To begin, each person must answer a crucial question for themselves. Does God give us signs?  Well, not everybody believes in God.  Some people are atheists—they don't believe God exists—and so they obviously don't believe God gives signs because they don't believe in God.  But what about religious people?
            Religious people (who believe is God) fall somewhere along a spectrum between two extremes.  There are superstitious people who see everything as a sign or supernatural event.  Every time it rains, every time a bird lands on a window sill, every time the phone rings, it is a supernatural act of God (or the Devil).  I had a youth pastor once who we paid $8,000 per year.  He was paid monthly, so his monthly pay check came out to $666.66!  He was like, "Hey, can y'all do something because I just can't accept a pay check with the number of the beast on it."  So we paid him twice a month, which came out to $333.33, which is a really good number (like the Trinity).  Now there wasn't really anything to the numbers.  It was just a coincidence.  But some people are very superstitious and see supernatural signs and event in everything that happens!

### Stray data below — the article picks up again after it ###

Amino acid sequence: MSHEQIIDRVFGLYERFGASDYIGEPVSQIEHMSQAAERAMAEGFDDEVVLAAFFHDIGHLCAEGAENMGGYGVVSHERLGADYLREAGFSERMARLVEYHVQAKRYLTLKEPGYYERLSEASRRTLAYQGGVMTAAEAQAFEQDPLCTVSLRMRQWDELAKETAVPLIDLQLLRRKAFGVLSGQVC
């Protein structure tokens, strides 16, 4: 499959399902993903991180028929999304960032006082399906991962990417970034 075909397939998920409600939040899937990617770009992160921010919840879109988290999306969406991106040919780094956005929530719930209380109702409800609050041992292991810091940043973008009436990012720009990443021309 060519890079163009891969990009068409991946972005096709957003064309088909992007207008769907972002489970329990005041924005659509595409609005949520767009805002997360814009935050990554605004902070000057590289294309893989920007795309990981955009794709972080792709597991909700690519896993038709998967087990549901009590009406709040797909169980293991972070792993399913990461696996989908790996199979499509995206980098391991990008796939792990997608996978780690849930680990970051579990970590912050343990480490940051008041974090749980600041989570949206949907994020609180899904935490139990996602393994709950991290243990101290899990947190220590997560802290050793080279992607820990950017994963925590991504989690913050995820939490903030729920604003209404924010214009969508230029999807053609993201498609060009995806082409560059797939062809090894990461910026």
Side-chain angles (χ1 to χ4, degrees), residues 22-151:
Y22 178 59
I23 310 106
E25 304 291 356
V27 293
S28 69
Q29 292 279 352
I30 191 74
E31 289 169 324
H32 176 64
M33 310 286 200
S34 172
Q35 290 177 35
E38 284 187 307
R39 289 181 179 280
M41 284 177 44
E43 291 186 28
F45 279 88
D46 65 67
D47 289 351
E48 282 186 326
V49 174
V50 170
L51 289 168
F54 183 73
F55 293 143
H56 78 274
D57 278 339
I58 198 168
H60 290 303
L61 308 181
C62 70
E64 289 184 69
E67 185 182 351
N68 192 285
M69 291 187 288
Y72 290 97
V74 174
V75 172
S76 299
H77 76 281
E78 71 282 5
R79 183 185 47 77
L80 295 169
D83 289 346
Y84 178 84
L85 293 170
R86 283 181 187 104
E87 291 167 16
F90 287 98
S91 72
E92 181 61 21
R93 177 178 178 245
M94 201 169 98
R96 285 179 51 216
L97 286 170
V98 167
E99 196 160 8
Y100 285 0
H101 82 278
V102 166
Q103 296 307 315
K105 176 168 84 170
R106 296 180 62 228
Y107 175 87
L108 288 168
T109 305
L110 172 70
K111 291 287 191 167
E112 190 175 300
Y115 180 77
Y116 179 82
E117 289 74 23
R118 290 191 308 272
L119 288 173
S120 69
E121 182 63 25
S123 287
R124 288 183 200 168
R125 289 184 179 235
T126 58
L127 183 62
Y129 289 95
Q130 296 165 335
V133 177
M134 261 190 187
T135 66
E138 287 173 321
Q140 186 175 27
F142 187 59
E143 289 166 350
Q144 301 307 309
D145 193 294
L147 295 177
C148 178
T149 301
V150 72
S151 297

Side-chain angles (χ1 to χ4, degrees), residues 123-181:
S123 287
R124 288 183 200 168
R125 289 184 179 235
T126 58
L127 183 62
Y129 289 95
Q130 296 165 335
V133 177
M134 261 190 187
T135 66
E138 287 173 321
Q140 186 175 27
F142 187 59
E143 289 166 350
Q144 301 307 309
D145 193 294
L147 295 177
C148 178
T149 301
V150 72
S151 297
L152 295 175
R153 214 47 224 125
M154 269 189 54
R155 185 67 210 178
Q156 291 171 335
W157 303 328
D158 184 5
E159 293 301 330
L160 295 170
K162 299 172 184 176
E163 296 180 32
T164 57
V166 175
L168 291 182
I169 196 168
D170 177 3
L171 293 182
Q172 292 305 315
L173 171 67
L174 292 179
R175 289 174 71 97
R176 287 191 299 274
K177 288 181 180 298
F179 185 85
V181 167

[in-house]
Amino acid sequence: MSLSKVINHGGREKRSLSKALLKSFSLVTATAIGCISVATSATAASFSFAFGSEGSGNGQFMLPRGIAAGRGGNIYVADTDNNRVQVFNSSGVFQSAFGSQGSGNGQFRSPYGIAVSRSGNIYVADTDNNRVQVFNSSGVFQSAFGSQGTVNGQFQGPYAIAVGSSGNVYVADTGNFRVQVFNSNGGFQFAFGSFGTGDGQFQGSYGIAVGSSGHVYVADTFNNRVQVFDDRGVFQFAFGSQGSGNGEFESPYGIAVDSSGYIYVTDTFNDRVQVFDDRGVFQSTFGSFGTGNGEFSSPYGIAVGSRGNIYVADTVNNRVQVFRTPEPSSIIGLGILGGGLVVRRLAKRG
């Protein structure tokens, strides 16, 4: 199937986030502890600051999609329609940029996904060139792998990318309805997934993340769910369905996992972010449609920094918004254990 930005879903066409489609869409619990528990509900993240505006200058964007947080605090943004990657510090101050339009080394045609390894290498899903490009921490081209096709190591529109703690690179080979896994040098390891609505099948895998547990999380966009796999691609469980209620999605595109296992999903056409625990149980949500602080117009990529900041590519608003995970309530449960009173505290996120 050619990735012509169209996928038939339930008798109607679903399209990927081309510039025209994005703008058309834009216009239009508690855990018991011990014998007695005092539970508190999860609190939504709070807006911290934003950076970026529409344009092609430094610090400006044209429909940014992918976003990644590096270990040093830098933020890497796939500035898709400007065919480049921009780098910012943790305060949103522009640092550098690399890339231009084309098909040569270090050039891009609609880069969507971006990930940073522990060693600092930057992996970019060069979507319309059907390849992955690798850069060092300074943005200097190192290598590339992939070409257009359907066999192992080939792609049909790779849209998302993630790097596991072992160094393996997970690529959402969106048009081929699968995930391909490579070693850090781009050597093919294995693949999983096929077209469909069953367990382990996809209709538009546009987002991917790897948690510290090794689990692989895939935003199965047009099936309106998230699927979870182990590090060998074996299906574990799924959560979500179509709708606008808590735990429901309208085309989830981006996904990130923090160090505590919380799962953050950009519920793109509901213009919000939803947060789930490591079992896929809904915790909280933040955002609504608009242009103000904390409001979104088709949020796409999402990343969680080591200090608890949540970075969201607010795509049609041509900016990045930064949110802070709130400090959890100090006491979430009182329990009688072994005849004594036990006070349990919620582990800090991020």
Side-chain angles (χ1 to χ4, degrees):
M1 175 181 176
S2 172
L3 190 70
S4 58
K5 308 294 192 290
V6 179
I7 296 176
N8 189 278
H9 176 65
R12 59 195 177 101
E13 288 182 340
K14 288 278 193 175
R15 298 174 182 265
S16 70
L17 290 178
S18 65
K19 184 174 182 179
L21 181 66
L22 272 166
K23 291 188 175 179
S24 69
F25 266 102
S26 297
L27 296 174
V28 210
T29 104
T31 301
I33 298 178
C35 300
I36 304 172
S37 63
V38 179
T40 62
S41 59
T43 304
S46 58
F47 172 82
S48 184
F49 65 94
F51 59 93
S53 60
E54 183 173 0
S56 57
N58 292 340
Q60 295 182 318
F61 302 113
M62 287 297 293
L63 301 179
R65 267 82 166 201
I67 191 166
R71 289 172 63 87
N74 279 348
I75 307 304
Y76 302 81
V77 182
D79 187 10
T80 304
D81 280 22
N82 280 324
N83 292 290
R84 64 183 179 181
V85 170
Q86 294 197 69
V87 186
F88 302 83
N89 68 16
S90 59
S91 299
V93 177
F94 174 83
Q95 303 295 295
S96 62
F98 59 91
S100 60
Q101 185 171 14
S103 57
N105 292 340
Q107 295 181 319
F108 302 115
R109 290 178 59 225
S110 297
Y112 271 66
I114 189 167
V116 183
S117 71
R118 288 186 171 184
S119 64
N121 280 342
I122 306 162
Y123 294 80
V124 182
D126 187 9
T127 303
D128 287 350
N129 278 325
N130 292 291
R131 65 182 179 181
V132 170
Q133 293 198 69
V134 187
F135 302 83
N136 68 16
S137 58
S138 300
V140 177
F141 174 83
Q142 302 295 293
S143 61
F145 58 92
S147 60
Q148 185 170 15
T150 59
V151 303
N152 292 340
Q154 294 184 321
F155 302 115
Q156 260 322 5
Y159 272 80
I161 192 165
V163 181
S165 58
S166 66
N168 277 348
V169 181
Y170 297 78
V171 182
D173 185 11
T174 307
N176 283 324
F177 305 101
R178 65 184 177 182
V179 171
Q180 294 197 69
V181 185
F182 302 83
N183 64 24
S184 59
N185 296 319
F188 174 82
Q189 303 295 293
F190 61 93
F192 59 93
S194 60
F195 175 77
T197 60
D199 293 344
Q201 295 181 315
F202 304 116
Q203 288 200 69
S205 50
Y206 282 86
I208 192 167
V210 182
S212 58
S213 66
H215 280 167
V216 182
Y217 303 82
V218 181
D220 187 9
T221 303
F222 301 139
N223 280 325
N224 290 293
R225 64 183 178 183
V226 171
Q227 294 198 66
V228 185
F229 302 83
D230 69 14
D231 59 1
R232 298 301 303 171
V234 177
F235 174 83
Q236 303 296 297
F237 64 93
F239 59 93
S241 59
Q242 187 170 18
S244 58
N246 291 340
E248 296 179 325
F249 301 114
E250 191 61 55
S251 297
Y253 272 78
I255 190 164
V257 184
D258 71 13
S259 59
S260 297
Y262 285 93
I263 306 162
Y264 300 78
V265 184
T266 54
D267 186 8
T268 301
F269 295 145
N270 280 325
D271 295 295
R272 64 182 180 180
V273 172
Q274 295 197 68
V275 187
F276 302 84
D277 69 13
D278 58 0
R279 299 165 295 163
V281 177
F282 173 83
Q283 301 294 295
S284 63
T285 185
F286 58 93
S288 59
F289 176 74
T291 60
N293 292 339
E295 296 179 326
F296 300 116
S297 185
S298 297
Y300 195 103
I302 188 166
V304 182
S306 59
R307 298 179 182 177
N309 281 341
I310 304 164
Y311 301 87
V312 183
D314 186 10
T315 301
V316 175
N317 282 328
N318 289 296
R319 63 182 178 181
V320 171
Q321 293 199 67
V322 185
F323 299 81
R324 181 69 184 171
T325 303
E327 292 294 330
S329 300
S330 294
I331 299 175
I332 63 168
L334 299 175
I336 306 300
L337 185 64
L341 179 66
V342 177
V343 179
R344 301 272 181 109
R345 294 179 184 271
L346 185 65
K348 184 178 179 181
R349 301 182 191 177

On the other end of the spectrum, there are deists who believe God is not involved at all in human events.  They use the analogy that God is like a watch maker who designed the machinery of creation with all the laws of nature as the gears; God wound up the machine like you would wind up a watch and then He stepped back to let it run all by itself, never more stepping in to interfere.  So the deists believe God does not give signs at all or even intervene in human affairs in any way.  Another variation of this is people who believe God acted in biblical times, but no longer does.